Subsequent steps are creating a guiding coalition, developing a change vision, communicating the vision for buy-in, empowering broad-based action, generating short-term wins, never letting up, and incorporating changes into the culture.

Many Americans may be interested in other cultures and in traveling the world, but this author’s doctoral research demonstrated that foreign-language requirements in undergraduate major programs in global/international studies are generally limited to the intermediate level. Many Americans who travel abroad experience other cultures through the veil of English-speaking tour guides and all-inclusive resorts where English is generally spoken. Even American students who study abroad often do so in English.

It may be that the British, members of the European Union, which is known for foreign-language education, could be a role model for the U.S. Recent reports and initiatives include the Guardian’s “Case for Language Learning,” the British Academy’s five-year language program, launched in 2011, the Language Festival 2013, reports such as the British Academy’s 2013 Languages: The State of the Nation: Demand and Supply of Language Skills in the UK, Lost for Words: the need for languages in UK diplomacy and security, the annual Confederation of Business and Industry (CBI) survey on education and skills, Changing the Pace, and Languages for the Future: Which languages the UK needs most and why, as well as current changes to the foreign-language curriculum and requirements in schools in the UK.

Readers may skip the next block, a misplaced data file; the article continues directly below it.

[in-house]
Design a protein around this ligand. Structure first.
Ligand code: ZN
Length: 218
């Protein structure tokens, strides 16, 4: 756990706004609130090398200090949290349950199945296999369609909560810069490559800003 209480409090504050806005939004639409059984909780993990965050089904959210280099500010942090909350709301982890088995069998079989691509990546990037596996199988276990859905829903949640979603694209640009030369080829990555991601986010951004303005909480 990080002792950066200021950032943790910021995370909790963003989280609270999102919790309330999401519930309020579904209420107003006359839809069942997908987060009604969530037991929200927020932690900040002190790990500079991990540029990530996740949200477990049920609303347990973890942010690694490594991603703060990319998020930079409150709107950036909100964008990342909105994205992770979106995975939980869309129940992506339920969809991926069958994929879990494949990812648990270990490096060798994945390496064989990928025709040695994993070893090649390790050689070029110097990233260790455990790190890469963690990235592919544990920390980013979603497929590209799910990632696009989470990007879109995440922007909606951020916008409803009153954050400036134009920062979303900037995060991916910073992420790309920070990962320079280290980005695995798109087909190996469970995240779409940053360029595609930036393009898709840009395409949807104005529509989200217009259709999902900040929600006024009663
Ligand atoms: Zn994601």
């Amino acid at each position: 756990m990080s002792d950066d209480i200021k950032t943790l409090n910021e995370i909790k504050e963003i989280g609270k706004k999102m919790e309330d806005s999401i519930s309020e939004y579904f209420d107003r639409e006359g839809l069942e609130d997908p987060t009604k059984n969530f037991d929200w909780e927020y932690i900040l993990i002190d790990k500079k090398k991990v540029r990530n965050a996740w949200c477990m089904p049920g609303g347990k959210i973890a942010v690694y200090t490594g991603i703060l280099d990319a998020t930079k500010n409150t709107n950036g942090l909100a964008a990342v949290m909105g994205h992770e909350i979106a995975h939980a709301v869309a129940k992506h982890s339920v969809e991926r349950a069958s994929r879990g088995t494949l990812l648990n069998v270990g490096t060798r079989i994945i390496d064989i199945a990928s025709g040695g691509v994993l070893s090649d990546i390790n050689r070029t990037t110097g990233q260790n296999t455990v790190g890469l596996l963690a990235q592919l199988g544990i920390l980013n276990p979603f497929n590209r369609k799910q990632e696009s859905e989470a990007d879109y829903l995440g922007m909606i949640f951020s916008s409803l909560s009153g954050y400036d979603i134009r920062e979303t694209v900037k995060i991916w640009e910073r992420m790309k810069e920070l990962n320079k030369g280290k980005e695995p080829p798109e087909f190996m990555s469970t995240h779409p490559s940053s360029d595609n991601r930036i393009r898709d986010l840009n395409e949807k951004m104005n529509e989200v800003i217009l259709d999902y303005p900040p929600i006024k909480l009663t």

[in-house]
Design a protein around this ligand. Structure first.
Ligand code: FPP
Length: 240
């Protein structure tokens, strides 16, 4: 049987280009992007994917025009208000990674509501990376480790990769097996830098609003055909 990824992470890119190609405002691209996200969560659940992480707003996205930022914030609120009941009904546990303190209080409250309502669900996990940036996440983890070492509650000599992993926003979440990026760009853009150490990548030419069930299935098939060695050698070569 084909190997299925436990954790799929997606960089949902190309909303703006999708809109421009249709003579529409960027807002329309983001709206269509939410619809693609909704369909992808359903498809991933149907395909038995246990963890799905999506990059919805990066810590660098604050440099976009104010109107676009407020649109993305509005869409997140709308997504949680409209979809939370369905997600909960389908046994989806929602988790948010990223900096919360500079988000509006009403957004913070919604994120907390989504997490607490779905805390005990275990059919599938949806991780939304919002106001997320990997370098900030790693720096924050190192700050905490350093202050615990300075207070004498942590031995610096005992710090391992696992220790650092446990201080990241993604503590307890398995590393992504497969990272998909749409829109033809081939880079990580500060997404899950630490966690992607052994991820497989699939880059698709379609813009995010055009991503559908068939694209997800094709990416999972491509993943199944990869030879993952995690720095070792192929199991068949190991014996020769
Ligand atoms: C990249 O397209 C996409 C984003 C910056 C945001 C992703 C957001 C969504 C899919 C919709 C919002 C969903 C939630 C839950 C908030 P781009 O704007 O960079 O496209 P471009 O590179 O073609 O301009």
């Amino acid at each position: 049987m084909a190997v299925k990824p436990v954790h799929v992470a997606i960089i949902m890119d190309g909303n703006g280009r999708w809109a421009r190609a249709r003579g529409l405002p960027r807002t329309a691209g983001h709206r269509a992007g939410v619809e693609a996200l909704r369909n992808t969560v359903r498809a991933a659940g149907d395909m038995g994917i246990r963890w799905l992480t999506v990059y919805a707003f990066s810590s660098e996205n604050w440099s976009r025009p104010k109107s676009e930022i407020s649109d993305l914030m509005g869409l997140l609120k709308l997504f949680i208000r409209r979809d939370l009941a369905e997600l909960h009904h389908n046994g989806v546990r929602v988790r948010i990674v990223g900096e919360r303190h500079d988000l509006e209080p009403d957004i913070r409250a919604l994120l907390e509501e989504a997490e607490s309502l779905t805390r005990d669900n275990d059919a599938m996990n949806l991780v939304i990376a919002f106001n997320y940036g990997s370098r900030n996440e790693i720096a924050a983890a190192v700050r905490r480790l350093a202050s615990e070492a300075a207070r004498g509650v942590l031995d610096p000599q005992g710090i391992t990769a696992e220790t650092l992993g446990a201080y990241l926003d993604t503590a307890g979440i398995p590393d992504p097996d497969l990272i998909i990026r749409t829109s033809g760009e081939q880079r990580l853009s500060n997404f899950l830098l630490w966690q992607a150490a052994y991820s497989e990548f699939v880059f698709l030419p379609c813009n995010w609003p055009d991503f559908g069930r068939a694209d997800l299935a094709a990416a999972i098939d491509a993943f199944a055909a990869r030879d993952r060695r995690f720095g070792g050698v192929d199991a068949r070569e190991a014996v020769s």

Other examples include the ACTFL Year of Languages in 2005, the Council of Europe’s European Day of Languages, celebrated on Sept. 26 each year since 2001, the UN International Year of Languages in 2008, the American Association of Teachers of French (AATF) National French Week in November each year, the ACTFL Discover Languages Month each February, and many more. The JNCL-NCLIS (Joint National Committee for Languages and the National Council for Languages and International Studies) leads a collaborative, interdisciplinary lobbying initiative for world languages in the U.S.